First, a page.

As well as the smart dimmer there is a wide range of switches available, including ones that allow you to quickly select scenes from the wall socket rather than having to resort to the app or voice control.
At £60 for a single switch and £100 for a double it may feel expensive but it isn’t far behind some smartbulb prices. Working out if it will be cheaper or more expensive than buying smart bulbs will be a case of counting the number of bulbs you have attached to each switch – if there’s more than one bulb a switch it’s likely to be cheaper to change the switches rather than the bulbs.
Lightwave RF Smart sockets
Another easy way of converting regular products into “smart” devices is by using smart plugs or smart sockets. This means you can remotely turn on something like a kettle (as long as it is pre-filled with water and the kettle itself is switched on ready for the socket to turn on).
While smart plugs do the job fine, as well as adding a bit of flexibility, it can look a bit messy and installing smart sockets is a much more elegant solution. The Lightwave sockets also have the ability to be locked from the app, preventing them from being turned on using the manual buttons, providing an extra layer of safety around children.
Like the light switches, Lightwave’s sockets are well made and the brushed stainless steel finish gives them a stylish if not overly showy edge. They have manual switches with LED status indicators to show you whether they are live or not.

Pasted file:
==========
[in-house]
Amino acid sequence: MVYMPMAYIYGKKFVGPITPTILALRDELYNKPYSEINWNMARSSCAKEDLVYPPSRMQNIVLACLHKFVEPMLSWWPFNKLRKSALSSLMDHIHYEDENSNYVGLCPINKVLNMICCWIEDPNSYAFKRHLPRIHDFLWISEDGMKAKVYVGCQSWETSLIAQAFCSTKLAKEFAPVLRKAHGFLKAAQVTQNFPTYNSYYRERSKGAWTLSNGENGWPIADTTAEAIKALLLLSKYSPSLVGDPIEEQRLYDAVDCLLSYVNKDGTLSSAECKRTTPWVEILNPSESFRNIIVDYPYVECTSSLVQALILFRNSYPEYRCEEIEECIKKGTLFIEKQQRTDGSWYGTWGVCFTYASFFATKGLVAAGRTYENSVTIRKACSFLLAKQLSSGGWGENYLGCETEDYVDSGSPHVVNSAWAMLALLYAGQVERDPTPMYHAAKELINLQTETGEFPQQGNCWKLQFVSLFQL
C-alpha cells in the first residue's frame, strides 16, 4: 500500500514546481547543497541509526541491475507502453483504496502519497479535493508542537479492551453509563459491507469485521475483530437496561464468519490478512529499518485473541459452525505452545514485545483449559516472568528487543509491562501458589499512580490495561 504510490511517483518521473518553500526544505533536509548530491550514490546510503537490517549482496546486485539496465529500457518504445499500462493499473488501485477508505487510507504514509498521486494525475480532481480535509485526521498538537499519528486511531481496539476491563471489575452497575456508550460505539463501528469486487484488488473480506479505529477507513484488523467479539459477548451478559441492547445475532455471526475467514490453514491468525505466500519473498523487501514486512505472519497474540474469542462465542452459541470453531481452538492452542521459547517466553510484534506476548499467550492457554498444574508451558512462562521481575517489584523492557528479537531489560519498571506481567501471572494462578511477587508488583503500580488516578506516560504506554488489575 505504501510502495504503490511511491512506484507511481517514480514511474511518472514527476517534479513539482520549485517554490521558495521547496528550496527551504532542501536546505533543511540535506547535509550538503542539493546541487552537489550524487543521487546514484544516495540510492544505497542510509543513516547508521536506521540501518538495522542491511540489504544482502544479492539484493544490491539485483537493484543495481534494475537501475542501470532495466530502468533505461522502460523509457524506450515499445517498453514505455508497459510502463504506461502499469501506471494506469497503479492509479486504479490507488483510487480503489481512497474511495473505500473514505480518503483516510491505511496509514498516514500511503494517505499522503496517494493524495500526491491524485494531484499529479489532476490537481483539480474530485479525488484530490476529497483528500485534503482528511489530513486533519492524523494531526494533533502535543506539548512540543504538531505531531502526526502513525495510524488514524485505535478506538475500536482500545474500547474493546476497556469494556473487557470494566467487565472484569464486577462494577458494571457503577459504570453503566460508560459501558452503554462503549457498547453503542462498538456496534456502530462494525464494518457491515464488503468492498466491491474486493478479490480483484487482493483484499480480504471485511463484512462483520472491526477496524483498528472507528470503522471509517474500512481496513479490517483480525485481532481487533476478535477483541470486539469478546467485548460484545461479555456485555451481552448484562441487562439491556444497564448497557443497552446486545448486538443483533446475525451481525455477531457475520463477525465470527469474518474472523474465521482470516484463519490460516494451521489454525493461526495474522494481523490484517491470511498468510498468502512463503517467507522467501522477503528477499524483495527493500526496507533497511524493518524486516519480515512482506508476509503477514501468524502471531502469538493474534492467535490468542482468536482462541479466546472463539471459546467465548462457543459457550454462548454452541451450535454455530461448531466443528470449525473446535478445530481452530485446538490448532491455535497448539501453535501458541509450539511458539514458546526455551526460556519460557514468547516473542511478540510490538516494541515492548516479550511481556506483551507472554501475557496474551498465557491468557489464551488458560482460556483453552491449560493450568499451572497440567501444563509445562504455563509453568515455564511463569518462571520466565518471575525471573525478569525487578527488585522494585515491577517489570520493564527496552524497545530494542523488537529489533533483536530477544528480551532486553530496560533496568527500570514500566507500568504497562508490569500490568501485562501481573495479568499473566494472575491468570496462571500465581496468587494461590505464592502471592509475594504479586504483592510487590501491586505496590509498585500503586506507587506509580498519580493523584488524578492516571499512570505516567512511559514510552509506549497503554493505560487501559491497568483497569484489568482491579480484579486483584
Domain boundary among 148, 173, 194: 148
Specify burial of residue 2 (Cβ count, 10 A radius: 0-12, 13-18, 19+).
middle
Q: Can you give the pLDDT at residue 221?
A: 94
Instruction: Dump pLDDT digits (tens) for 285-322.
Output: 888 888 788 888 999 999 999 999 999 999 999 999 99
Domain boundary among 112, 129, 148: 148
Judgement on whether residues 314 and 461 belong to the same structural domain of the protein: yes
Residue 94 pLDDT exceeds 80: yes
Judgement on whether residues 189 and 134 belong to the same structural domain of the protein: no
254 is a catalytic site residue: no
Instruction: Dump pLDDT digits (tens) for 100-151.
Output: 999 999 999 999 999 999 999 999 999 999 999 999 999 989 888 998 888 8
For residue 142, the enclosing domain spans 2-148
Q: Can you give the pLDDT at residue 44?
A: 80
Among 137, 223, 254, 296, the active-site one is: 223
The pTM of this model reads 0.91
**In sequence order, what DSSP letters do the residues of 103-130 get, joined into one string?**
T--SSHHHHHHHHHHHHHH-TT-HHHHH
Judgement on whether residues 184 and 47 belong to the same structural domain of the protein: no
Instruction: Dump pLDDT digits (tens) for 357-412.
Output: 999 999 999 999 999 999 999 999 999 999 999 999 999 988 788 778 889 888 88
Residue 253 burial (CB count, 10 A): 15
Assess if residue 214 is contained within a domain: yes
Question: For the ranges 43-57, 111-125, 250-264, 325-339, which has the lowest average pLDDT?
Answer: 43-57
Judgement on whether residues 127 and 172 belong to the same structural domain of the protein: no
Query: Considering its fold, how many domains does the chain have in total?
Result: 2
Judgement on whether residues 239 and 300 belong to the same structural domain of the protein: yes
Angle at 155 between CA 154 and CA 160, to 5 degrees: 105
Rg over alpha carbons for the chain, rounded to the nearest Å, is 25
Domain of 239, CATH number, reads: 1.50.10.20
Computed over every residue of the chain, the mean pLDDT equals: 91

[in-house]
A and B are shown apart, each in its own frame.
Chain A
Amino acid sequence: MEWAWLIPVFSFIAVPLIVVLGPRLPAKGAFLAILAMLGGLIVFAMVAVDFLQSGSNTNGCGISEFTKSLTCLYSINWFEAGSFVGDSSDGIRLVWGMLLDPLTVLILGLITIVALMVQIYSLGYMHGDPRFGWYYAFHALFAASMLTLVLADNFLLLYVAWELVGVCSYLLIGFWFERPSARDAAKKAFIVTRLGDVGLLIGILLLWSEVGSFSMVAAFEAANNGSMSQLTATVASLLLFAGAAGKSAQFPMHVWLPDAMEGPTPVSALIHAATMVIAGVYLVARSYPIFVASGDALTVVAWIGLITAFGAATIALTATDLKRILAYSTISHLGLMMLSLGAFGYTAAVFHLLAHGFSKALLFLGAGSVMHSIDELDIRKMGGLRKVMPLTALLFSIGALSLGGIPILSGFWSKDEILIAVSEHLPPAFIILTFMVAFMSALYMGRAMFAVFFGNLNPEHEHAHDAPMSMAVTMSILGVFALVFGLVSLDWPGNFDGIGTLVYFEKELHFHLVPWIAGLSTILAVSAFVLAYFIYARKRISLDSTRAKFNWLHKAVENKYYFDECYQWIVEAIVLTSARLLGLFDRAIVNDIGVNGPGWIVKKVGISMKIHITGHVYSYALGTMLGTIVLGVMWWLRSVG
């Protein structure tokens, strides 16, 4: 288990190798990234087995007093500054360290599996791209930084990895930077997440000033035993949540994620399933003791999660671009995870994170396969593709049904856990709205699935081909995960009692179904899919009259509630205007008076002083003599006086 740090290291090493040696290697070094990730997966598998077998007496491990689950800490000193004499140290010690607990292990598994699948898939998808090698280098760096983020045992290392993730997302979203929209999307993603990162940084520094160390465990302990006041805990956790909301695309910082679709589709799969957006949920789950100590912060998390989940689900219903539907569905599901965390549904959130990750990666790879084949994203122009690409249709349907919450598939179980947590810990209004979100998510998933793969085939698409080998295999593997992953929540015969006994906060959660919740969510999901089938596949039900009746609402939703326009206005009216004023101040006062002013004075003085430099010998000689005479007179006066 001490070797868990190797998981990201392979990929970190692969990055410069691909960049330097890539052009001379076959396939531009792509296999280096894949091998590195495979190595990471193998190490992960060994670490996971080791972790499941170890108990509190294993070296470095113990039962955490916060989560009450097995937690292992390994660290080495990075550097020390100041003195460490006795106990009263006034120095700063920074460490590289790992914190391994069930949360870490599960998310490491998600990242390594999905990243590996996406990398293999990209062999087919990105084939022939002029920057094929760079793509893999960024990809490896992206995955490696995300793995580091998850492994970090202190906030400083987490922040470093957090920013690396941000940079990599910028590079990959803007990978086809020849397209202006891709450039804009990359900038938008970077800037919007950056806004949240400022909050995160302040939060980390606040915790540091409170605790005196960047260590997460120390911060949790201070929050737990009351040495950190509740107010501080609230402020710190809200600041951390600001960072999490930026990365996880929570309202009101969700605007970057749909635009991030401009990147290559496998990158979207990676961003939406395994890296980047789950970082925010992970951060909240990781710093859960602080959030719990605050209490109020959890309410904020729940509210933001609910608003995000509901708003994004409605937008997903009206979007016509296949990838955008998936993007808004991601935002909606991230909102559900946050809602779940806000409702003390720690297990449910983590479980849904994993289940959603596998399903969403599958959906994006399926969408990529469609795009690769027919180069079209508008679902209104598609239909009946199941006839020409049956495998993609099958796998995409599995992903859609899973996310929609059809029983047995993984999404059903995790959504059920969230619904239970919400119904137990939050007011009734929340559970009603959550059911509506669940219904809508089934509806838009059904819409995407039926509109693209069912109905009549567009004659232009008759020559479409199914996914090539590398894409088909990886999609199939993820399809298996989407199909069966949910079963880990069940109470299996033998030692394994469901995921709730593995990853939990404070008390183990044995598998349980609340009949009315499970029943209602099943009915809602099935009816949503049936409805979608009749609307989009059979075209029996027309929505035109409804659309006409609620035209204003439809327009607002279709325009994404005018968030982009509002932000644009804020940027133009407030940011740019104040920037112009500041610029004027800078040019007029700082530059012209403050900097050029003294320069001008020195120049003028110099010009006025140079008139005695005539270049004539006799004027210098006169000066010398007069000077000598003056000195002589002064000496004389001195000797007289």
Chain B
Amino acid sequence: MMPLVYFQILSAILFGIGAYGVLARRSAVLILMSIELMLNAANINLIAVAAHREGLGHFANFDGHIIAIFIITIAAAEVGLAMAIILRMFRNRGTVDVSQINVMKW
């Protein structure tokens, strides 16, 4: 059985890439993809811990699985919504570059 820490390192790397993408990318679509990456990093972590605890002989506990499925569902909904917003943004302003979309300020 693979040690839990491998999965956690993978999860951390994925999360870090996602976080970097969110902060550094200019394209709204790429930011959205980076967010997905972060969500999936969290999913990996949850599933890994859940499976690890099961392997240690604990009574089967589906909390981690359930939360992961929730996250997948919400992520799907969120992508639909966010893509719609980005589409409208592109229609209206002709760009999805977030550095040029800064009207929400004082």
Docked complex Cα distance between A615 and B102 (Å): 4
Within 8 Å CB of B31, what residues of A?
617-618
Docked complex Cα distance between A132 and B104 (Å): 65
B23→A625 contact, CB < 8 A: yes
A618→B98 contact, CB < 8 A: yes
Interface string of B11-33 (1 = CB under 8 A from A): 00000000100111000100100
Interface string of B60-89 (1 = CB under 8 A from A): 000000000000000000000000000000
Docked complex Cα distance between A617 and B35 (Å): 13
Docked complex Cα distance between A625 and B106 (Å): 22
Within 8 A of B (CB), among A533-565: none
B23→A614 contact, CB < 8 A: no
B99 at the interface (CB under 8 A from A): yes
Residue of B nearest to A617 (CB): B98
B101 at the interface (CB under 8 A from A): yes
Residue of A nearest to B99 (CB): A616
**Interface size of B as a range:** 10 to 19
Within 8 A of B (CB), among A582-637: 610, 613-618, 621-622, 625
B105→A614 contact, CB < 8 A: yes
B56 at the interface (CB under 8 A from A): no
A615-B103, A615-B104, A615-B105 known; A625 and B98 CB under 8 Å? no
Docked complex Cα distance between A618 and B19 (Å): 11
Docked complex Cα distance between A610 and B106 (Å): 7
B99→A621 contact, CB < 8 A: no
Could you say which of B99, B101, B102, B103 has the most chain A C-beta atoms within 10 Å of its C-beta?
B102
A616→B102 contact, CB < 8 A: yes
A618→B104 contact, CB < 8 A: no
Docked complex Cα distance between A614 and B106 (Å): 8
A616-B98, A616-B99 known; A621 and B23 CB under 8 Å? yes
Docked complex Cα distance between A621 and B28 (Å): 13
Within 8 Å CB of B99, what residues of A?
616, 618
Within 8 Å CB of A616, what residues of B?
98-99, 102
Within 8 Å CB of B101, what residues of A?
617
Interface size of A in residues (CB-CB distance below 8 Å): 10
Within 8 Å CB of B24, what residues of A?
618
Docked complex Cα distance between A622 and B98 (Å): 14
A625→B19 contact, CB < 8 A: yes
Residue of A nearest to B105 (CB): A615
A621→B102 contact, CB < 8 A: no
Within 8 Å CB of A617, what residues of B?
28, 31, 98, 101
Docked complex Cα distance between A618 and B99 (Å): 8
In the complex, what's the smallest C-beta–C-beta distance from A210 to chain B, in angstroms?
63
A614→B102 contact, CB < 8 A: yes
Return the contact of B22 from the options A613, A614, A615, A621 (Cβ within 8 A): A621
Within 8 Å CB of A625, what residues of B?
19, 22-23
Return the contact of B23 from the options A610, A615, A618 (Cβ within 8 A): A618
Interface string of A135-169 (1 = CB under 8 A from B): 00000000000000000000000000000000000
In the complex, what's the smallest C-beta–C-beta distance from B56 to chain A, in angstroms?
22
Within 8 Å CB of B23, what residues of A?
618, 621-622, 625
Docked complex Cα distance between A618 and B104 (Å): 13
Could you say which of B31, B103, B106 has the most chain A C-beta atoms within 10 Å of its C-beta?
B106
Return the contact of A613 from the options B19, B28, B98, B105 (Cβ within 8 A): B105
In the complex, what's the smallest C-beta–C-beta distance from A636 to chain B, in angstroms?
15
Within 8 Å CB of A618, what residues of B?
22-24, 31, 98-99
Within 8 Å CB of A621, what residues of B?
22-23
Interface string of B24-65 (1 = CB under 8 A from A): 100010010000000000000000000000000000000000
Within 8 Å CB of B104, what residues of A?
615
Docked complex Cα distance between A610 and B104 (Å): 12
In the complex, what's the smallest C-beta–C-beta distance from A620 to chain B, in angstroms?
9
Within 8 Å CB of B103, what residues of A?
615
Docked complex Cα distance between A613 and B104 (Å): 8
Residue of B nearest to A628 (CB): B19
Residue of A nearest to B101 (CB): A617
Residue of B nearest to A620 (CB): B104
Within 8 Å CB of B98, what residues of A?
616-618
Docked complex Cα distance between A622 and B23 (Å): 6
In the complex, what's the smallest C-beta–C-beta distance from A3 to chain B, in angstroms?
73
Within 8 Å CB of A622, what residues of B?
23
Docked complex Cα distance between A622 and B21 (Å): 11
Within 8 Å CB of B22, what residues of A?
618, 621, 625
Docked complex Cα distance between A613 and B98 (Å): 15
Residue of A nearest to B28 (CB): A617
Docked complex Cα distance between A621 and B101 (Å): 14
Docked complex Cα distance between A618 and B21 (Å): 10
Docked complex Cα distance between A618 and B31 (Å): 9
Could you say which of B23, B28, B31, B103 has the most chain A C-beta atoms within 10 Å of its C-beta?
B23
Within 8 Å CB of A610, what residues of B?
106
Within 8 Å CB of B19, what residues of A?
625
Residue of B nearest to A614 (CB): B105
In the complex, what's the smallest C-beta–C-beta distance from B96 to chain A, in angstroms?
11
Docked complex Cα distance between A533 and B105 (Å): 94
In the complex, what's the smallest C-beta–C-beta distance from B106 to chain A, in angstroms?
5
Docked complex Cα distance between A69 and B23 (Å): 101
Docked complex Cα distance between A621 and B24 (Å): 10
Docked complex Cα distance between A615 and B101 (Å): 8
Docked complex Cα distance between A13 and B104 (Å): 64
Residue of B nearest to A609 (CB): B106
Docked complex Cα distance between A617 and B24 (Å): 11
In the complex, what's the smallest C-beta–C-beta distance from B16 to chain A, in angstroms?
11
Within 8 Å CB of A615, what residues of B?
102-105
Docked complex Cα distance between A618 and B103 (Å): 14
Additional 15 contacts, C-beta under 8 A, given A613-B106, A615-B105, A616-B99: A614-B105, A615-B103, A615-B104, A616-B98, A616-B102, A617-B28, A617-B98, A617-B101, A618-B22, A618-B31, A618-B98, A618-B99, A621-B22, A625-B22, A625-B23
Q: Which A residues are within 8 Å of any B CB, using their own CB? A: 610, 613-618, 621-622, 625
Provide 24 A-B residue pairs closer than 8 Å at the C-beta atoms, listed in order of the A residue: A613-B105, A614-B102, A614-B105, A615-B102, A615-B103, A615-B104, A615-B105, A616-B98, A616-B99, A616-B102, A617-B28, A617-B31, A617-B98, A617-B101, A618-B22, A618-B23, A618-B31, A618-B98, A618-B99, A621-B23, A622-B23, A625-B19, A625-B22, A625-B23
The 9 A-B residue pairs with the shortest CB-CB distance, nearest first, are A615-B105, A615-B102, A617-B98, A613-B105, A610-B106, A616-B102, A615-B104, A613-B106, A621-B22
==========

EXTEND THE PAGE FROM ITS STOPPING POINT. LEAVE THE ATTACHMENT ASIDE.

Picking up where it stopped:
Installation is no different from changing a regular power socket and dependant on your confidence level the supplied instructions should be more than enough for anyone to do it. Once again Lightwave provides an installation video to help.
Once installed they are easy to use through either the app or Alexa, Google Home or Homekit. On top of remote control, you can track energy usage, helping you get a view of how much electricity some products use and helping cut back on standby electricity usage.
Equipping the whole house with smart sockets will get very expensive very fast with the double sockets costing £60 and single sockets £35. However, if you just select specific areas it can be fairly reasonably priced, especially when you consider you are spending less than £10 extra when compared with buying the same amount of smart plugs (without the added safety features).
Lightwave RF Heating
The third strand of Lightwave’s smart home system is its heating products. These take the form of a boiler switch and a smart thermostat, as well as the option for adding radiator valves to allow you to create a zoned heating system – one where you can adjust the heating for individual rooms.